Breitling is a brand most recognized for its chronograph watches. And not just any chronographs but pieces particularly aimed at aviation enthusiasts. However, it is also the brand to conquer air, land AND sea. So in 1957 Breitling set out to for the time dip their toe into the deep end of the pool... introducing the SuperOcean. A classic piece addressed to the recreational divers with clear legibility and the iconic bolt-like profile.

February 22, 2022

Breitling SuperOcean - It's Not Only About Chronographs

 


Marcus Siems     Marcus Siems @siemswatches
    Collector, Author, Data Analyst


  

Breitling is a brand most recognized for its chronograph watches. And not just any chronographs but pieces particularly aimed at aviation enthusiasts. However, in 1957 Breitling set out to not only conquer land and sky but for the time dip their toe into the deep end of the pool as well: In a time-only and chronograph version Breitling introduced the SuperOcean[1]. A classic piece addressed to the recreational divers with clear legibility and the iconic bolt-like profile.

 

 1940s and 1950s Breitling Sprint and TopTime ChronographsWhen you prepare for a Breitling story and it's not about chronographs... Photo @goldammer.me

 

In the 1950s the demand for dive watches with serious water resistance increases appreciably. Scientific excursions start to map the oceans as also tourists start to map the beaches. The active lifestyle of the post-war era brings the amateur divers to the sea, all in need of reliable diving equipment. A new market evolved and one that would soon become a new archetype of modern watchmaking.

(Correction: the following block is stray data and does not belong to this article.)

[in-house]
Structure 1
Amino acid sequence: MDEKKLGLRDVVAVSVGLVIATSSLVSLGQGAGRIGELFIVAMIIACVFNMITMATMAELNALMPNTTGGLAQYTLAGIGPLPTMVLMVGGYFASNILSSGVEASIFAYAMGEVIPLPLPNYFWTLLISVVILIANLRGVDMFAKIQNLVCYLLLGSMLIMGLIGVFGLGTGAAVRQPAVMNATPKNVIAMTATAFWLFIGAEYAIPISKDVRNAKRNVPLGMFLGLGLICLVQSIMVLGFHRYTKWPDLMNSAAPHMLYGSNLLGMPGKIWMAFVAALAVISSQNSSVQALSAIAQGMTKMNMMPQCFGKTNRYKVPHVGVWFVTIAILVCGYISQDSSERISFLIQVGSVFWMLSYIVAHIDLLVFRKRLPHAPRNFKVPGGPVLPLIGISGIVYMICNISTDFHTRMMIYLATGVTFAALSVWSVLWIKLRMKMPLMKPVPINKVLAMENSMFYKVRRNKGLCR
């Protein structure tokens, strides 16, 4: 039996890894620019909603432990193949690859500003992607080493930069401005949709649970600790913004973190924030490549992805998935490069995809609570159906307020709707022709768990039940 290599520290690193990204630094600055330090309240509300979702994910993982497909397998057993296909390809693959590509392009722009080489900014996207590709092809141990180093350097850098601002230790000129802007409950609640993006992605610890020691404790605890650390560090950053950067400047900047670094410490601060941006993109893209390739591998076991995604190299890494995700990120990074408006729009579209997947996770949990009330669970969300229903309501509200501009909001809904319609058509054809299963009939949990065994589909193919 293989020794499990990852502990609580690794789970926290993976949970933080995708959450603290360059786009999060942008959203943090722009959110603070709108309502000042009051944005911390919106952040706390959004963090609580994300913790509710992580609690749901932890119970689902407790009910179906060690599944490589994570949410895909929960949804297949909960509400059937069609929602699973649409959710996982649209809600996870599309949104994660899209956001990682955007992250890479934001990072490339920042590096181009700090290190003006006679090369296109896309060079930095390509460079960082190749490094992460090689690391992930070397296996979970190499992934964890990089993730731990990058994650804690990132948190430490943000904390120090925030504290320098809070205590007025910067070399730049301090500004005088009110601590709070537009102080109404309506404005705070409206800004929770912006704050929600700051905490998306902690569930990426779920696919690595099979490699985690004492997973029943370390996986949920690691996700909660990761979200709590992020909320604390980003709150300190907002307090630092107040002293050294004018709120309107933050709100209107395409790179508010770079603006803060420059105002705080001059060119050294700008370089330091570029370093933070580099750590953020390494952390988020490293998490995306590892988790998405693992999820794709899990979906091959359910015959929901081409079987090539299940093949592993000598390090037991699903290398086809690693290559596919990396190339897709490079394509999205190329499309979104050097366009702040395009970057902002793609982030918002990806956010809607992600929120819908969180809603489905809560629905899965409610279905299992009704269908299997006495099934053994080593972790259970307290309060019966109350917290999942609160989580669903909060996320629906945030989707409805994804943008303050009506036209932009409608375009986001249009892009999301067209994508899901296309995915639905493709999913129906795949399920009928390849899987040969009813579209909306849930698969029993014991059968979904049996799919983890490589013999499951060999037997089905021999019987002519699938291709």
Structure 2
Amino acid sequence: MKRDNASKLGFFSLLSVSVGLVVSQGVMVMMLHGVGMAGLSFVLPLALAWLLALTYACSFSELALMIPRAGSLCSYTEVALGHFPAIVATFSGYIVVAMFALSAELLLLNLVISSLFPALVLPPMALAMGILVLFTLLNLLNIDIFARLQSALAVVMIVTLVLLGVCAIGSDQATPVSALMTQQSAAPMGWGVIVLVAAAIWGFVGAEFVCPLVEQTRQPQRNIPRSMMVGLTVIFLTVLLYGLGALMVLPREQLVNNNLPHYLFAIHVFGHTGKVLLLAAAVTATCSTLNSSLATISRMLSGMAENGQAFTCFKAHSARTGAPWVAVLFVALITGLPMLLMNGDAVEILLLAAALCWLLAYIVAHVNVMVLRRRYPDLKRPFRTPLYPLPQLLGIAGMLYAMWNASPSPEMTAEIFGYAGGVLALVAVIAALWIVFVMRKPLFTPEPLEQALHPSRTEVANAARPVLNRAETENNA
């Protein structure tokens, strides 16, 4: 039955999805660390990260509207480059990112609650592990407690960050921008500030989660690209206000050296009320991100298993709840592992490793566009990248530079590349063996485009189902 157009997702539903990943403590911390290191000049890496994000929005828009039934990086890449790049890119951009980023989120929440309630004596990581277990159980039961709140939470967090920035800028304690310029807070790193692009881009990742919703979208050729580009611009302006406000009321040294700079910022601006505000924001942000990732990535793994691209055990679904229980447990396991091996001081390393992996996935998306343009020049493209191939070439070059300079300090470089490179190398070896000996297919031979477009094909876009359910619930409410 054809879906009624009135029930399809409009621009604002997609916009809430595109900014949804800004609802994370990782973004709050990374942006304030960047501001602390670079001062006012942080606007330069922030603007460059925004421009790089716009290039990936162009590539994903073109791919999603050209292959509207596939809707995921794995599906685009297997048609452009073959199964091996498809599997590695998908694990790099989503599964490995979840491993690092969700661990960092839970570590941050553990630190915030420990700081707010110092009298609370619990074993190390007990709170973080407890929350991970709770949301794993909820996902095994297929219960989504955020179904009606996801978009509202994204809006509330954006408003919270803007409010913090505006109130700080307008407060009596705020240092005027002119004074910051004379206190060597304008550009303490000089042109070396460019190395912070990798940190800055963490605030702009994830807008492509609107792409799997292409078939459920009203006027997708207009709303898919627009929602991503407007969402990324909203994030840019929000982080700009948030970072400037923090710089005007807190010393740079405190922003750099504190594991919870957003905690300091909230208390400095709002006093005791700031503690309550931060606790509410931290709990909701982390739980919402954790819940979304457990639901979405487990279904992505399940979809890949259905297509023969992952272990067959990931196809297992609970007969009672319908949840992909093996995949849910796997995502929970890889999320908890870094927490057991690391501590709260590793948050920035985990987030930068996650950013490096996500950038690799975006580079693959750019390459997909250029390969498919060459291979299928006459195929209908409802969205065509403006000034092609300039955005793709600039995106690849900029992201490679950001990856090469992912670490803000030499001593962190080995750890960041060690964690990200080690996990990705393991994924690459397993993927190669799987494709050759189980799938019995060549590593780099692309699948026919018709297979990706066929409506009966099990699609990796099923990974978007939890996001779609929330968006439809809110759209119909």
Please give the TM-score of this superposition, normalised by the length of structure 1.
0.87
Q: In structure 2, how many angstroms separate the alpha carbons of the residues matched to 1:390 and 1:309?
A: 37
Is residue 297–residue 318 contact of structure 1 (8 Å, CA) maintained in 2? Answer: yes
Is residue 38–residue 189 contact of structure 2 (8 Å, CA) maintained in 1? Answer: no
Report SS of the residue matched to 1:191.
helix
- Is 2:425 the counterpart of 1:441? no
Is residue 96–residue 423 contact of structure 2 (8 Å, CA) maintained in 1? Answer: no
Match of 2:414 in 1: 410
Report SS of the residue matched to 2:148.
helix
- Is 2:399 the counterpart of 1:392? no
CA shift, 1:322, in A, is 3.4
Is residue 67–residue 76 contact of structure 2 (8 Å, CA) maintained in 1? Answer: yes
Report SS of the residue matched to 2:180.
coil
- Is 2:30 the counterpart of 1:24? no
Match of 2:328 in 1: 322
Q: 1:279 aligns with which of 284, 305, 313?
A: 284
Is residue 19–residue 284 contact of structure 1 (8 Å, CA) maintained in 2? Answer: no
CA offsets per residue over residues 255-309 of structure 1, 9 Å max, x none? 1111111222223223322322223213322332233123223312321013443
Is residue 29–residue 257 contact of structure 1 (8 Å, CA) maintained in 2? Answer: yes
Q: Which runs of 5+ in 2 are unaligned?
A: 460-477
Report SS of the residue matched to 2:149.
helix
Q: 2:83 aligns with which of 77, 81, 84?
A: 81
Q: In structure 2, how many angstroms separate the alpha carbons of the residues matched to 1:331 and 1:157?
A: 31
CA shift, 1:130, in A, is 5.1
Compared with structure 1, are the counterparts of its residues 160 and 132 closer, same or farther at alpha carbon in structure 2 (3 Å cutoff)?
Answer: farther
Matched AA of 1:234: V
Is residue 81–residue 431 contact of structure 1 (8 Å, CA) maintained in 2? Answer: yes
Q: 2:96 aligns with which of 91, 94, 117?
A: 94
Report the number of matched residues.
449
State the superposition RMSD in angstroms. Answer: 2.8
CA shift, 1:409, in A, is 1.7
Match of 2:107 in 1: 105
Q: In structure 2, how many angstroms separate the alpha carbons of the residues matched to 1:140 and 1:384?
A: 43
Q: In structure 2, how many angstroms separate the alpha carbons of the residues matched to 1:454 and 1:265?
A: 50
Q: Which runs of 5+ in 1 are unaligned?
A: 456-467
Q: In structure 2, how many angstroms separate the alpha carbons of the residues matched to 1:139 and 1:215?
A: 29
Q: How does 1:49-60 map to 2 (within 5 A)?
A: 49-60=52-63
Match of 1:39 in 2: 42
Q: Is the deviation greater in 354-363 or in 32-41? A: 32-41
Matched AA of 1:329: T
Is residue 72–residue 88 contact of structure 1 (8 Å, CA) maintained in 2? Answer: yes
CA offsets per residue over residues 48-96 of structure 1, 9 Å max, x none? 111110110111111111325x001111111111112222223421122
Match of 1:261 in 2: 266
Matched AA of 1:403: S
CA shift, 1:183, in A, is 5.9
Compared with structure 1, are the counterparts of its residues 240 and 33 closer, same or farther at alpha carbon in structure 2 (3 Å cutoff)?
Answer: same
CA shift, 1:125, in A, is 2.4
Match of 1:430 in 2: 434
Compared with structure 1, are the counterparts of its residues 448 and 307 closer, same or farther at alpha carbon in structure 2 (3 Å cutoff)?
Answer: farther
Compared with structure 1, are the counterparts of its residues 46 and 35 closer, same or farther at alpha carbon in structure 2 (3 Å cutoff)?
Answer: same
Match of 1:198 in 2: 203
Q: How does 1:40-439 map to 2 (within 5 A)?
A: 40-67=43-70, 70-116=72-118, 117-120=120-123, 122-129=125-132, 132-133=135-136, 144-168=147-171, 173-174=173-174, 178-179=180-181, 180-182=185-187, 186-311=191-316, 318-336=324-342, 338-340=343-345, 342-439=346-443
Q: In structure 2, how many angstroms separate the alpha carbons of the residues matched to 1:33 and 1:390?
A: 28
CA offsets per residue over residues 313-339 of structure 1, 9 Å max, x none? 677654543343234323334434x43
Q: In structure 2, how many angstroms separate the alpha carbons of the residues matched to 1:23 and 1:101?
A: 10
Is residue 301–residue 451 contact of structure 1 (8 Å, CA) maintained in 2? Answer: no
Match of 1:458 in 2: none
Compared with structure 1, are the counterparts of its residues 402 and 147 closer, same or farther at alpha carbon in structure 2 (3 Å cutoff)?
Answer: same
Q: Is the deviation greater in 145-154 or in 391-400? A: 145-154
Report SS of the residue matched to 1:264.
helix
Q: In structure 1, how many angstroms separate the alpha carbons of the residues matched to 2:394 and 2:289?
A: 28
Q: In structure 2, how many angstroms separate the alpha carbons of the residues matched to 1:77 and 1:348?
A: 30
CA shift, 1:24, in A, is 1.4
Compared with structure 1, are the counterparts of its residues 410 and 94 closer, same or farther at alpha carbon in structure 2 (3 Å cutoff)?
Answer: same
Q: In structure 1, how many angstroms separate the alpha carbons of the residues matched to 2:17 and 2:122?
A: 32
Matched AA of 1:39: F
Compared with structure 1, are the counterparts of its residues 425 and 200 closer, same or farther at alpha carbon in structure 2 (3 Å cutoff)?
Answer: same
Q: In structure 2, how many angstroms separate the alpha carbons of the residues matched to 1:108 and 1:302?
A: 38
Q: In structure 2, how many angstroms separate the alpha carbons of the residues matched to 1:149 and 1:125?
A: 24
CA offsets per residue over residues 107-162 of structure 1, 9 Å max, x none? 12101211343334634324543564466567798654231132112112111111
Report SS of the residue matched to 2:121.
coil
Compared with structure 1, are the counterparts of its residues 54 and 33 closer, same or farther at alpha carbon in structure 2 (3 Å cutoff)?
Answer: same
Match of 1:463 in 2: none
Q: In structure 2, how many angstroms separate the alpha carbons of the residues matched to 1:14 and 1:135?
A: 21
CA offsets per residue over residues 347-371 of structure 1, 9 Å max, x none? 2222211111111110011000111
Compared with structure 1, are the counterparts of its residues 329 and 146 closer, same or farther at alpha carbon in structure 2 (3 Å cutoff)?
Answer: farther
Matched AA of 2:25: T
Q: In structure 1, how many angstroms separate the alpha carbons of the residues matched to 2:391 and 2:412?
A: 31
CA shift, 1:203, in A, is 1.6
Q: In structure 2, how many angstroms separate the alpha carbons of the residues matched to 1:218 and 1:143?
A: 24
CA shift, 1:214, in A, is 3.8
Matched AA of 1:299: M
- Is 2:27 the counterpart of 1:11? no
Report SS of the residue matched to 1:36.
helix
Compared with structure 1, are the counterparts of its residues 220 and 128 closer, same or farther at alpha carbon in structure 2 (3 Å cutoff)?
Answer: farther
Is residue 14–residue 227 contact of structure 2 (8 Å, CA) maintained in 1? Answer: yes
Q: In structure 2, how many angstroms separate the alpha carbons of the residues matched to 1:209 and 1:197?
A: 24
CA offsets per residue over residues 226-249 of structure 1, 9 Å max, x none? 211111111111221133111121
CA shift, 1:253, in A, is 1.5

Breitling SuperOcean Design Age against Rolex Submariner and Omega Seamaster 300Figure 7. The Design Age - weighted distribution of all key design elements - for the 1957 introduced Breitling SuperOcean (purple) in comparison to the 1954 Rolex Submariner 6204 (orange dashed) and the 1957 Omega Seamaster 300 CK2913 (solid orange)[2]. On the right is an ad for the Breitling SuperOcean, launched in 1957 (Courtesy Breitling SA).

 

From a design perspective, the SuperOcean hit the nerve of its time. Based on key elements this dive watch icon stands right next to the Omega Seamaster 300, ticking almost all the same boxes and as such opens us a window into the design language of the early 1950s/60s.

 

 1950s Omega Seamaster CalendarFor Breitling to be successful in the field of dive watches they had to compete with the best of their time - Rolex & Omega. Photo @goldammer.me

 

However, from a technical standpoint upon introduction of the SuperOcean in 1957 the concept of a waterproof watch was nothing new. Most famously Rolex introduced the first waterproof case - the oyster case - in 1926[3-4] and the first rotational dive bezel in 1937 with the Zerograph[5-6].

Following put in 1932 Omega released its own “Marine”, the first watch specifically developed for diving, showcasing an unofficial depth rating of 135 meters[7-8]. Both brands were becoming the household names in this developing field - some 15 to 20 years before the introduction of their serially-produced Turn-O-Graph/Submariner[9-10] (1953/54) and Seamaster[11-12] (1948/57) divers.

 

1950s Breitling SuperOcean advertisementBreitling: When even your dive-watch advertorials speak about chronographs... Courtesy of Breitling SA

 

When Breitling entered the stage they were already a bit late to the divers party. So the first dive watch from this aeronautics powerhouse had to enter with a bang. Upon introduction in 1957 the SuperOcean 1004/807 could actually beat the two major players on the market - the Rolex Submariner & the Omega Seamaster - in water resistance with an astonishing 200m[13] (up until Omega matched that rating within the same year). Combined with a clean and clear design the SuperOcean made quite the entrance and established itself among the deep dive icons of its time.